Photographers snapped photos and journalists jotted notes on spiral pads as organizers and a handful of residents in a communal tent March 2 with an army surplus feel to it worked the language on principles for the Field.
Virgel Roberson, a 2.5-month resident of the Field, was not impressed. When he looks at the Field, Roberson sees a place too far gone to save with many people in it so lost in addiction that they aren’t ready to save themselves. What do people think organization or news articles will do now, he asked.
“It’s too little, too late,” Roberson said.
An official encampment has leadership and organizational assistance, defined rules and above all, resources. The Field has been building that institutional scaffolding from scratch with help from groups such as Stop the Sweeps, which opposes the city’s practice of sweeping unauthorized encampments.
That work culminated in a eight-page document delivered to the city council on March 6, the day before the sweep, along with a request that officials give them a week “stay of execution” while residents, organizers and city officials worked together to iron out the provisions of self-management. Councilmember Kshama Sawant met with the group before the meeting, and said that it brought “real clarity” to the situation on the ground.
They presented a “very reasonable and well laid out approach,” she said, and offered a letter to the mayor endorsing a delay for her councilmembers to sign.
“Please let’s not hold human beings and homeless community members hostage to the inhumane policy of sweeping,” Sawant said.
Three other members of the city council agreed that afternoon to sign the letter, including Debora Juarez, Rob Johnson and Mike O’Brien. Councilmember Sally Bagshaw, the chair of the Public Health and Human Services committee, announced that she would not sign because she believed that the conditions on the ground were too dangerous.
“I understand that everyone who is there has been offered a place to go. I understand that it’s temporary shelter,” she said, elaborating that the shelter is a “place to be until you get stabilized and you can get jobs.”
On Monday, clearly upset at the four council hold-outs who refused to support the stop of the sweep, Washington accused them of creating the situation, of ignoring the needs of those living at the Field.
“I agree with you,” Councilmember Lisa Herbold said. “We should have helped you when you asked.”
The Field supporters took the fight upstairs, demanding to speak to the mayor or a representative. They waited, eventually sending people out to purchase sandwich fixings and water to continue their protest.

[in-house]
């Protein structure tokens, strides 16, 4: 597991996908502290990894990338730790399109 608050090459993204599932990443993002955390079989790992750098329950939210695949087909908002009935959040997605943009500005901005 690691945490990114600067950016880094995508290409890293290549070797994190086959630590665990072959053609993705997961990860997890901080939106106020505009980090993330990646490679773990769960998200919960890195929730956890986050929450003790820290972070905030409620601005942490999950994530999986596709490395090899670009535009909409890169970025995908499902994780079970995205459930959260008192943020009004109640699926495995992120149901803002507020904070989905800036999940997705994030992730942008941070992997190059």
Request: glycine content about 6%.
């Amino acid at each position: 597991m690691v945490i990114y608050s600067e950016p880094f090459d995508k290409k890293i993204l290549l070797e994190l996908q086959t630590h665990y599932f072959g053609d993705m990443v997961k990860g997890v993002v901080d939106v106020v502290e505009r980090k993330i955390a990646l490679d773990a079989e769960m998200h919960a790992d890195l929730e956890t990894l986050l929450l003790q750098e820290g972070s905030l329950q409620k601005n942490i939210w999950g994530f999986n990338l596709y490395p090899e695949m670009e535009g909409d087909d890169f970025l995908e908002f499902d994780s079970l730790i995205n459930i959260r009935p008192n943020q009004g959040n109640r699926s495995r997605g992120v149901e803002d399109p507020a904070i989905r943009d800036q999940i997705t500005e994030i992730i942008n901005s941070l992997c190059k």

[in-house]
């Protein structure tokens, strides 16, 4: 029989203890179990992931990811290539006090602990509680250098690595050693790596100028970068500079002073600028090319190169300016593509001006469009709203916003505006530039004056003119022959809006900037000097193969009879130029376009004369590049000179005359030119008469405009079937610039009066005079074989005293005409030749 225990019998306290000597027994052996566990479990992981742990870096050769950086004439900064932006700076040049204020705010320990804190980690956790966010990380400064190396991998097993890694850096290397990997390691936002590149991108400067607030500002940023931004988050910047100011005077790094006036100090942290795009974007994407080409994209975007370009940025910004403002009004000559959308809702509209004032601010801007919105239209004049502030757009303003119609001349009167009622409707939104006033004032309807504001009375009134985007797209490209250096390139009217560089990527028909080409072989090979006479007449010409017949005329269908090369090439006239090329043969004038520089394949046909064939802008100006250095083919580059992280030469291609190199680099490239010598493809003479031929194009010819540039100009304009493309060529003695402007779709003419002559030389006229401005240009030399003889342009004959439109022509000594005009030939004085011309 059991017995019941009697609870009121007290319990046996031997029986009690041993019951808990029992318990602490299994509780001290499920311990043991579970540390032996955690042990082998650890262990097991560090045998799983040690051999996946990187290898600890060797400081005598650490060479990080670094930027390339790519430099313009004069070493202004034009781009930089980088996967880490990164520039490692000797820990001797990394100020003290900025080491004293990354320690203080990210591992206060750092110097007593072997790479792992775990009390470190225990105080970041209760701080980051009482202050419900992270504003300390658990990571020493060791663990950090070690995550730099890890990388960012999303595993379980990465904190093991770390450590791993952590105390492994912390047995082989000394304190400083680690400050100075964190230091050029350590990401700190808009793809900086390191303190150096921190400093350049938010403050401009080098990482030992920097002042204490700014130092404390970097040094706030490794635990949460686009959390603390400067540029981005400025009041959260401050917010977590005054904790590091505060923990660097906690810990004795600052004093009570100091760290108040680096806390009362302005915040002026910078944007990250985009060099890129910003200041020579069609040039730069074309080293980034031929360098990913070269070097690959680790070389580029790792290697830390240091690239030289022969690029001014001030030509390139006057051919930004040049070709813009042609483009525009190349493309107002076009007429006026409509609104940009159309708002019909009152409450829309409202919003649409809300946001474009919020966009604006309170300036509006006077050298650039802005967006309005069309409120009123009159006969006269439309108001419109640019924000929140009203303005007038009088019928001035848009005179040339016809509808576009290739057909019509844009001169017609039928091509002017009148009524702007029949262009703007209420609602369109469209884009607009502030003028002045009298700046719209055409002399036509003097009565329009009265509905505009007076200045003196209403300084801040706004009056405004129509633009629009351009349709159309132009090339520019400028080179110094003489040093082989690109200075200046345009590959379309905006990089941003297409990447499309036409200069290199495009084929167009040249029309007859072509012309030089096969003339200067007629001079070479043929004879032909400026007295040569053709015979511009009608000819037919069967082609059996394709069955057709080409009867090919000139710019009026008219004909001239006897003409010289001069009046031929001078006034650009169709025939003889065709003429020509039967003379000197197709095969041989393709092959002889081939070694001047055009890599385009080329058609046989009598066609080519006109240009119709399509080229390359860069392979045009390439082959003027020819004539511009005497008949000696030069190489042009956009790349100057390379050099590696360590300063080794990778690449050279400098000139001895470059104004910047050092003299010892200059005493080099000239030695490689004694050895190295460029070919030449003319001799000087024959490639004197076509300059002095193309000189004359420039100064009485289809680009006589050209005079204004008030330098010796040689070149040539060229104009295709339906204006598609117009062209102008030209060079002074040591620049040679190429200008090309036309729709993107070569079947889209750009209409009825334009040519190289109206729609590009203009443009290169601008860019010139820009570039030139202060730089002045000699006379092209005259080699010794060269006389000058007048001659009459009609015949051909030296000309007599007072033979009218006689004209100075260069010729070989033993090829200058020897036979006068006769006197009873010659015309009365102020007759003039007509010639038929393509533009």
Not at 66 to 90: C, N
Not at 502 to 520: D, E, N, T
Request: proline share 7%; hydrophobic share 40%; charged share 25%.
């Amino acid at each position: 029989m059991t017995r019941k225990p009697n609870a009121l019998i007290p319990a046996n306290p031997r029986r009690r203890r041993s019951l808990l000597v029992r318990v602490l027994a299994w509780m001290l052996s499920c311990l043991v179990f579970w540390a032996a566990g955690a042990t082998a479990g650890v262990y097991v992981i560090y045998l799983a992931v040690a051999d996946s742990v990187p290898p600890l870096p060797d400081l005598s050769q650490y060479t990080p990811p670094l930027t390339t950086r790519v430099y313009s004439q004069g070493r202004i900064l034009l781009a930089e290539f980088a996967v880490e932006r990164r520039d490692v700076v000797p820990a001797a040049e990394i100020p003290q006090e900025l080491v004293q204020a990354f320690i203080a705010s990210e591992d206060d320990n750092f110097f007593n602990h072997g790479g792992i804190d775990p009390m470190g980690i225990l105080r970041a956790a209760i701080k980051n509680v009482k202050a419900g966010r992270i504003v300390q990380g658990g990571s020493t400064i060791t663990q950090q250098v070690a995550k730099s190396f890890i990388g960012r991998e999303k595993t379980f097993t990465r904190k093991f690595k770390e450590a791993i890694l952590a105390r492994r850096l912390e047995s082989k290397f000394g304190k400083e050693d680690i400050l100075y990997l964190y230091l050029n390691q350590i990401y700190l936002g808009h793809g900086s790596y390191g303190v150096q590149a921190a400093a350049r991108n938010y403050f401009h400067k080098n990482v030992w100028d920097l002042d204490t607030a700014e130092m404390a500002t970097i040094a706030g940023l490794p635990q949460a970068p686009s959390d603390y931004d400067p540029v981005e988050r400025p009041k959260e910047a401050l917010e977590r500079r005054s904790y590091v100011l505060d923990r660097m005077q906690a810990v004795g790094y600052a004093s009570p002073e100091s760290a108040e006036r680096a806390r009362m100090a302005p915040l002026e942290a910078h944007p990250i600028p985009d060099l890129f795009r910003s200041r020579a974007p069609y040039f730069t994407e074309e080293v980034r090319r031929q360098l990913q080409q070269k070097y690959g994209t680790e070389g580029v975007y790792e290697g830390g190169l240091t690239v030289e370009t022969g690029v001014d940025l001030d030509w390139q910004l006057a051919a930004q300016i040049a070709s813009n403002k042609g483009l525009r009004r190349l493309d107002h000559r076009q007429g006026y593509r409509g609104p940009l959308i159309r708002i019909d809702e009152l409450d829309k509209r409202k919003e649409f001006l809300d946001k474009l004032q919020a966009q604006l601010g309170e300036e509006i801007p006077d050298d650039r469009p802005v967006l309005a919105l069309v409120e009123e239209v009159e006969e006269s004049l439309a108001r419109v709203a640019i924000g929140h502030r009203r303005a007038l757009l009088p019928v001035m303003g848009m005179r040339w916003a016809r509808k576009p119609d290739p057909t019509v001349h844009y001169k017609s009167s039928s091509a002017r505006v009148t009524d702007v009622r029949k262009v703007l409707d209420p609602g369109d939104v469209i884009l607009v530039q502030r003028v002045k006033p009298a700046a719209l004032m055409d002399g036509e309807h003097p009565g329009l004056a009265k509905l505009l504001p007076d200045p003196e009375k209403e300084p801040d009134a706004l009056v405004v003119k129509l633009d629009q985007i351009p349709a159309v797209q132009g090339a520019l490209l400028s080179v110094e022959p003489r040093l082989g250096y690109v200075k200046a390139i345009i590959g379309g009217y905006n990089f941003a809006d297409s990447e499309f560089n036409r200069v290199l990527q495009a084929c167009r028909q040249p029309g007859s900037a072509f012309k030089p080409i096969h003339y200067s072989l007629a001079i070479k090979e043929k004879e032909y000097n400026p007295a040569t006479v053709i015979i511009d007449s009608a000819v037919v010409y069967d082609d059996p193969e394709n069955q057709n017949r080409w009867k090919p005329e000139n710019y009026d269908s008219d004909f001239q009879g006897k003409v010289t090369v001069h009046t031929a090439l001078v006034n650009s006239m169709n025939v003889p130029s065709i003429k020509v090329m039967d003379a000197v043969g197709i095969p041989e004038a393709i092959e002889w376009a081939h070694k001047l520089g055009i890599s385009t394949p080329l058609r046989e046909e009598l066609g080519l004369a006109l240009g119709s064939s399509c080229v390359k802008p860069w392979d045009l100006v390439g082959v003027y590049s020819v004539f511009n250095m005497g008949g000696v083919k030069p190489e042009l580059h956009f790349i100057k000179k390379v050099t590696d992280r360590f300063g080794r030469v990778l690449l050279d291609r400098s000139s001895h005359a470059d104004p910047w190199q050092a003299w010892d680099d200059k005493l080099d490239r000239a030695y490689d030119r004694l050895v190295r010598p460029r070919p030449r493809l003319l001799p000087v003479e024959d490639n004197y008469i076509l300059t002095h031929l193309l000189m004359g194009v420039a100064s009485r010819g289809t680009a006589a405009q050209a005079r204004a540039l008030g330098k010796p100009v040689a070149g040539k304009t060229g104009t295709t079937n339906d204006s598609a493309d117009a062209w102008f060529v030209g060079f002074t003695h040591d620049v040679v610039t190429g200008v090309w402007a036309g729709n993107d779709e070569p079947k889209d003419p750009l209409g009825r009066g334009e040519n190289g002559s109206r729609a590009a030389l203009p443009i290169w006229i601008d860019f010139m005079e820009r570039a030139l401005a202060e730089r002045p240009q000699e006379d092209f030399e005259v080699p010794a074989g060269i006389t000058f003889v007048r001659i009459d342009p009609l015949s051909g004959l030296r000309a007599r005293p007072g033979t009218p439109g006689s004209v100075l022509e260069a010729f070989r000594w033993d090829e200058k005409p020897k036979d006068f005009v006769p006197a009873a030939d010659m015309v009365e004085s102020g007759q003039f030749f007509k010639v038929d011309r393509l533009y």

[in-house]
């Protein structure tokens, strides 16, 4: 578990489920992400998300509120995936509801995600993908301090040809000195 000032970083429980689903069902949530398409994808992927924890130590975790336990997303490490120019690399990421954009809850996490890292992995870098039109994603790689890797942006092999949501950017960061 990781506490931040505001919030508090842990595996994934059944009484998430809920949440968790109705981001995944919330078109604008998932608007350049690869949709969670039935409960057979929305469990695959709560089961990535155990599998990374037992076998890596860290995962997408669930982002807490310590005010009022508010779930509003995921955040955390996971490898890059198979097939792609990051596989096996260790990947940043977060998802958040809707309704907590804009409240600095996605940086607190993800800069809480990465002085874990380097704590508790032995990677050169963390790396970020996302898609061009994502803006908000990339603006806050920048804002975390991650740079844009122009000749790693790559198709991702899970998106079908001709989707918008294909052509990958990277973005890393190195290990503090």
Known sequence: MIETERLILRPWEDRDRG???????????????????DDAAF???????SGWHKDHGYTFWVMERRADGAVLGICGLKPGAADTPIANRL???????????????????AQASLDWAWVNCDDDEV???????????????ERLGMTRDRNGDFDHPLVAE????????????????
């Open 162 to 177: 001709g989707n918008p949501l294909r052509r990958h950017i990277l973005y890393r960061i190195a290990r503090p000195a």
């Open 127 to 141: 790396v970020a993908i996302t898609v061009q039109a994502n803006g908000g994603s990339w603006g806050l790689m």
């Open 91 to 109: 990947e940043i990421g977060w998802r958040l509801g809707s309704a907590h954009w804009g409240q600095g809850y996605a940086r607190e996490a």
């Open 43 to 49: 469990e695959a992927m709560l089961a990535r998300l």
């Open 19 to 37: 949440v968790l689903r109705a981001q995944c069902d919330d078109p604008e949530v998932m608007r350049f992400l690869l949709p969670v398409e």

Around 4:30 p.m., over an hour after the organizers arrived, the Director of Homelessness, George Scarola, emerged from the office to address the crowd. Washington handed him the letter drafted by Sawant and the organizational document, and asked for help.
“We’ve had our ups and downs,” Washington said. “We’re on the verge of getting swept.”
Scarola agreed to get the document in front of Mayor Ed Murray, to make sure that the mayor read it and to talk the matter through with him.
Scarola and Washington shook hands.
The proposal fell on deaf ears, and the sweep continued the next morning.
Many of the residents of the Field, some 70 when at full strength, left before the sweep. Some of those that remained were the most vulnerable. One young man, who had attended the council meeting the day before, threw himself at a chain link fence, bereft. A protester known for his impassioned rhetoric went to support him. He later had a confrontation with police and was arrested.
Sola Plumacher, a strategic advisor to the Human Services Department, said that although neither the Navigation Center nor low-barrier camps were yet open, every person contacted at the Field had been offered a place to stay.
But for many residents, traditional shelters are the last places they want to go.
They’d asked again and again for assistance with rats and for fire extinguishers before several tents went up in flames.
They’d insisted that they did not want to go into temporary shelters, that they’d stayed outside despite cold, wet, dangerous conditions that have resulted in several deaths in Seattle this year. They said shelters were worse.
It wasn’t enough.